Winning Battles, Losing Wars
By Lt. Gen. James M. Dubik
Col. Harry G. Summers Jr. begins his book, On Strategy: The Vietnam War in Context, by relaying the following conversation: “‘You know you never defeated us on the battlefield,’ said the American colonel. The North Vietnamese colonel pondered this remark a moment. ‘That may be so,’ he replied, ‘but it is also irrelevant.’” As much as we may not want to admit it, in this sense, our current war against al Qaeda and their ilk resembles that of Vietnam. In fighting our post- 9/11 wars, we have won nearly every battle but are far from winning the war. How can this be? The answer lies largely in the civil military nexus that underpins how America wages war. Waging war involves selecting proper war aims; identifying initial military, nonmilitary, U.S. and coalition forces, strategies, policies and campaigns that, if successfully executed, will achieve those aims; constructing execution mechanisms and coordinative bodies to translate the plans into action and then to adapt as the war unfolds; and maintaining the war’s legitimacy from start to finish. These war-waging responsibilities are civil-military responsibilities shared by the set of senior political leaders of the executive and legislative branches and selected senior military leaders. Even a cursory look at these elements reveals that our war-waging proficiency has simply not been up to the task. Selecting proper war aims. The aims of the George W. Bush administration’s war on terror—against nations, organizations and people who perpetrated the 9/11 attacks and those who harbored them—were expansive and unachieved. Our haste to respond to the 9/11 attacks, while viscerally understandable, did not allow sufficient dialogue on whether these aims could actually be achieved or about the resources that would be necessary to achieve them. There is evidence that some officials did not even want such a dialogue.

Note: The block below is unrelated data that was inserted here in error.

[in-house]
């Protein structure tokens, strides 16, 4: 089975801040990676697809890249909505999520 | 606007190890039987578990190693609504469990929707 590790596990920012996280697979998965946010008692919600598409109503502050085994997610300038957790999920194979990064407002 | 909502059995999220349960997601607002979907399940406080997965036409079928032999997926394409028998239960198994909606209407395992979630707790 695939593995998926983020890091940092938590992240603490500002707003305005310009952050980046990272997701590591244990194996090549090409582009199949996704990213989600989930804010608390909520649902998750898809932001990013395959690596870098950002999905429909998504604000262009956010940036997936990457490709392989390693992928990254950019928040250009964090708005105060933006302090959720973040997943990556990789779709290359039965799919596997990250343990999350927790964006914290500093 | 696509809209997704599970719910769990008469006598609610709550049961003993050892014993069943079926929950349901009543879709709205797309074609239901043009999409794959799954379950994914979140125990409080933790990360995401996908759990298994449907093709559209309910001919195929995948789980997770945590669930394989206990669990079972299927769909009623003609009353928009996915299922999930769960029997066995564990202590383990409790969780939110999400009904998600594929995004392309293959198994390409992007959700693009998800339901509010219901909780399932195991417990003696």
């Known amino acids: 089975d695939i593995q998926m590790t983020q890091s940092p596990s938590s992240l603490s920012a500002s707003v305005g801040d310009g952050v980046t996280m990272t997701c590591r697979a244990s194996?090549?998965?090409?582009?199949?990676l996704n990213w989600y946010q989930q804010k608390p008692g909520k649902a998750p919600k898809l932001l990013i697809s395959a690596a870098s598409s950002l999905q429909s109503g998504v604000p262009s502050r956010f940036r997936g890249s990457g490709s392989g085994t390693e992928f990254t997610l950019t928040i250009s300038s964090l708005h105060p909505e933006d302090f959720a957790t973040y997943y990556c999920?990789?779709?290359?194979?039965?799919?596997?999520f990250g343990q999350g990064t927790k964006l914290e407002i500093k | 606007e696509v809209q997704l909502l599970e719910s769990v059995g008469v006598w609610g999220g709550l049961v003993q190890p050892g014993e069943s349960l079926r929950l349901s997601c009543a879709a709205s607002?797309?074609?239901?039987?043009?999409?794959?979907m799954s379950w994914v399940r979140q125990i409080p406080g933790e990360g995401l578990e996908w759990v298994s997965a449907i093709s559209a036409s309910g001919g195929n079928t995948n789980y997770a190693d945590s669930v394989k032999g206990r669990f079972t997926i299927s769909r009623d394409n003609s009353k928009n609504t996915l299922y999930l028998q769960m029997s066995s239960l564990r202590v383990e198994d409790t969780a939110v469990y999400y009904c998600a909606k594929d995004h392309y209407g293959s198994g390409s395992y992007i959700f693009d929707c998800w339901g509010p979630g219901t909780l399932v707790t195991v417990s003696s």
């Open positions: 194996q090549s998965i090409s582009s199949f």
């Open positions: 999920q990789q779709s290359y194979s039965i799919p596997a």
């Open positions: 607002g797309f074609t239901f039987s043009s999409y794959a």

In 2009, the Obama administration altered the aims, vowing to “disrupt, dismantle and defeat” al Qaeda in Afghanistan and Pakistan and prevent its capacity to threaten America and our allies in the future. These aims were equally expansive and unachievable. The reality is that the U.S. alone cannot achieve success against al Qaeda, the Islamic State and other radical jihadi groups. A real coalition has to be formed, and the U.S. must lead it. In response to the threat in Syria and Iraq, the U.S. has moved a step in the right direction, but the coalition we are forming must become more than a multinational posse following the U.S. sheriff in pursuit of the bad guys. Identifying initial military, nonmilitary, U.S. and coalition forces, strategies, policies and campaigns that, if successfully executed, will achieve those aims. America’s initial strategy of removing regimes and then dealing with the aftermath has morphed into withdrawing and conducting protracted decapitation strikes against selected terrorist leaders. Both approaches are overmilitarized. Both treat coalition partners as a multinational posse. Finally, both reveal a yet-to-be-resolved ambiguity that has plagued our efforts from the start: Are we waging a war, fighting criminals or doing some hybrid of the two?